Sydney Archbishop Anthony Fisher OP has given leaders and students of Australia’s two Catholic universities seven reasons why the pursuit of Catholic higher education is necessary in a world increasingly antagonistic to Christian values.
Archbishop Fisher made his comments at the inaugural St John Henry Newman Annual Symposium lecture on Australian Catholic University’s North Sydney campus.
The symposium, a joint initiative of ACU and the University of Notre Dame Australia, is to be held annually on or near the saint’s feast day of October 7.
Speaking on the topic, Newman and the Religion of the Future, Archbishop Fisher identified seven reasons for the continued pursuit of Catholic higher education.
They included the importance of providing a sympathetic environment to the exploration of spiritual matters; the need to provide an alternative to dominant wisdom; to be a place that produces scholars and students who have a holistic and robust understanding of Christian teaching; and to prepare and form citizens for the betterment of self and society through holistic education.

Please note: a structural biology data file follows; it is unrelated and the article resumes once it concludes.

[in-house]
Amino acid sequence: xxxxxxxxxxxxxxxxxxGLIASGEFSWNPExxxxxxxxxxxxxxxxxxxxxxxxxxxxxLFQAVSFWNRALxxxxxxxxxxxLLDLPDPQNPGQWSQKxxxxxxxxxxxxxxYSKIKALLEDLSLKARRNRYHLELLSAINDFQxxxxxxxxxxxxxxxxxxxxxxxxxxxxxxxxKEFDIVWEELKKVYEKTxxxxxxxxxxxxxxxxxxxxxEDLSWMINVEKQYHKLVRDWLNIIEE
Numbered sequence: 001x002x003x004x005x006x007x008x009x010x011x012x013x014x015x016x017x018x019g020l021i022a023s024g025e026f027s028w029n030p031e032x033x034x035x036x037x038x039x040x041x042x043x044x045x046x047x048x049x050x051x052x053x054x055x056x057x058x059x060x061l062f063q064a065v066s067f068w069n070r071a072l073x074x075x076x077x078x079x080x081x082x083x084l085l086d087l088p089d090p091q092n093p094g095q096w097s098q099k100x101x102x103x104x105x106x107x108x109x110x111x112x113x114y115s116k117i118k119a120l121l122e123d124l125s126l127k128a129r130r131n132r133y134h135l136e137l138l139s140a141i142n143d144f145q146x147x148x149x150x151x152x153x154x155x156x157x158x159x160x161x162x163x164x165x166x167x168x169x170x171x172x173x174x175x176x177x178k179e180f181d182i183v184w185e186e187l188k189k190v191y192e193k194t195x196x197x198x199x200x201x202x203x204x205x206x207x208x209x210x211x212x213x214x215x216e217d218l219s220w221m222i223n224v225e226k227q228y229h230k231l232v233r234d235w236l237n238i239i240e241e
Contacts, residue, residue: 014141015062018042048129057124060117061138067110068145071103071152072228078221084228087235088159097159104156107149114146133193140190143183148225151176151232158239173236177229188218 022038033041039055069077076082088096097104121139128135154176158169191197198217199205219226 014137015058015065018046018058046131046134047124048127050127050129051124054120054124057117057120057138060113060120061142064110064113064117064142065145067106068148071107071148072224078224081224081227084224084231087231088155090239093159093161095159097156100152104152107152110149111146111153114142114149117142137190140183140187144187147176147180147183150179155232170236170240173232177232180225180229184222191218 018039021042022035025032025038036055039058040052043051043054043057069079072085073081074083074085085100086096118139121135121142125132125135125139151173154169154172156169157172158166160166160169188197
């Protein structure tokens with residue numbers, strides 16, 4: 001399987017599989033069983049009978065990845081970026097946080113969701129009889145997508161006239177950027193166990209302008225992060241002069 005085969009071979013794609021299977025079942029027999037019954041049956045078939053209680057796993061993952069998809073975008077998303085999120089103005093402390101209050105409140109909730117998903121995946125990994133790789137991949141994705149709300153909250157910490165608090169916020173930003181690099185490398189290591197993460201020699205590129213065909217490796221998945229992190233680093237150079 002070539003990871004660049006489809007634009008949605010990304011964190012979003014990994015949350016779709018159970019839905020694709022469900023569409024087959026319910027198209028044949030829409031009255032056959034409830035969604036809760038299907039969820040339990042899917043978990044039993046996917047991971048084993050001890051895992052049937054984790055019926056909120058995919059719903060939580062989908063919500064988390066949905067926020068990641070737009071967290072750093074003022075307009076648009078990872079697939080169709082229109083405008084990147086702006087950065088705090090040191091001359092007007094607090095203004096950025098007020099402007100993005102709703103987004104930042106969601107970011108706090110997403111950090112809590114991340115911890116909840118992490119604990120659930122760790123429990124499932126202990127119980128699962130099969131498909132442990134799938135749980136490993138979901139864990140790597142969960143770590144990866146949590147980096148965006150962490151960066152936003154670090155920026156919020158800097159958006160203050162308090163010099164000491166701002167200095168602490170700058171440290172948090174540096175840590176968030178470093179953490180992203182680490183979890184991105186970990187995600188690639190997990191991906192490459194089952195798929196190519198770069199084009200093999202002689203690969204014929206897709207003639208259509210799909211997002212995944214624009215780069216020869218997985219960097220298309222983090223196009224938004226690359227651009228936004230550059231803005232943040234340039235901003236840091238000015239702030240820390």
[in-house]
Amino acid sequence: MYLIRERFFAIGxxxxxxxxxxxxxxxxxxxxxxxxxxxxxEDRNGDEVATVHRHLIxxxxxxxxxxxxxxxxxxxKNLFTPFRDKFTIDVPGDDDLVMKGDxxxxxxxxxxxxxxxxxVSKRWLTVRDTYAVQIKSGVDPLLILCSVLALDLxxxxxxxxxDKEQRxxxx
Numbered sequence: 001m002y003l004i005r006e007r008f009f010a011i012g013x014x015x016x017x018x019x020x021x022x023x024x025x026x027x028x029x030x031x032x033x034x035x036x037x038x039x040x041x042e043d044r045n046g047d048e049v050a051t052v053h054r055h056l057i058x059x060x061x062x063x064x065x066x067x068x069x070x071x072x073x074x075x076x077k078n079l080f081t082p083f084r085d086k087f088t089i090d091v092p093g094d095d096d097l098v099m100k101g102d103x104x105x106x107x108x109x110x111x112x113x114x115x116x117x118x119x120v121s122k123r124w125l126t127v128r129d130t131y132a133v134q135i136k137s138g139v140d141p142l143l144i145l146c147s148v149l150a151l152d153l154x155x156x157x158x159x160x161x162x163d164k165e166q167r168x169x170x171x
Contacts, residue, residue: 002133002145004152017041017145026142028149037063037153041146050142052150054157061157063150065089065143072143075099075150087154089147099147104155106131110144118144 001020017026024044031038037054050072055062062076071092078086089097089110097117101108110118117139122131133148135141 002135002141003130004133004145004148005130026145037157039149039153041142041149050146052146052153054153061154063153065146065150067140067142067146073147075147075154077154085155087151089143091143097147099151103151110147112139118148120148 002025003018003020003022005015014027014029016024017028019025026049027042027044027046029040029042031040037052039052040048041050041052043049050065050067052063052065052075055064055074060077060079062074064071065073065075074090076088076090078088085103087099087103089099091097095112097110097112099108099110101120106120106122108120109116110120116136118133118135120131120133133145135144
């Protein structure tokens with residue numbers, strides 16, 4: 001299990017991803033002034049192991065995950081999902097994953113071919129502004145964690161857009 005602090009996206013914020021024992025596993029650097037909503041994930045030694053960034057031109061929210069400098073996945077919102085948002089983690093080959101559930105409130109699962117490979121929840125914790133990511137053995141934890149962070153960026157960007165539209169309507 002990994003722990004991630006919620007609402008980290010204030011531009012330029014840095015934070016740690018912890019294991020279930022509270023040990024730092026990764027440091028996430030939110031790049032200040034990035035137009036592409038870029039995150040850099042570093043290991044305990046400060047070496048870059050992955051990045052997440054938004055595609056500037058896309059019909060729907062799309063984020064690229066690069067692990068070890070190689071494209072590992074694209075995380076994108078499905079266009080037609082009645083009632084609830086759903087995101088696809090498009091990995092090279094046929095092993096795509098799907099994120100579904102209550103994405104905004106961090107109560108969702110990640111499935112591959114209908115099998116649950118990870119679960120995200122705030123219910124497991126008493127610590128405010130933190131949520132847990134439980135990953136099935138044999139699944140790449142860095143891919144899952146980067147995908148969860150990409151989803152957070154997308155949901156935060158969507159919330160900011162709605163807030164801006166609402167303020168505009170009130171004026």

Rector of the Pontifical University of St Thomas Aquinas in Rome, Fr Thomas Joseph White OP, was invited to deliver a response.
St John Henry Newman is best known for his instrumental lectures and essays that culminated in his seminal work, The Idea of a University and his efforts to establish the Catholic University of Ireland. He is also one of the most prominent Catholic converts in England to be declared a saint.
Within ACU, St John Henry Newman is patron of Faculty of Theology and Philosophy.
ACU Vice-Chancellor Professor Zlatko Skrbis said the university was proud to partner with UNDA in honouring one of the most influential leaders of Catholic higher education.
The University of Notre Dame Australia’s Vice-Chancellor Professor Francis Campbell said it was important for Australia’s two Catholic universities to come together to honour the saint, whose work nearly 200 years ago set the foundations for two institutions.
Newman’s rich legacy (The Catholic Weekly)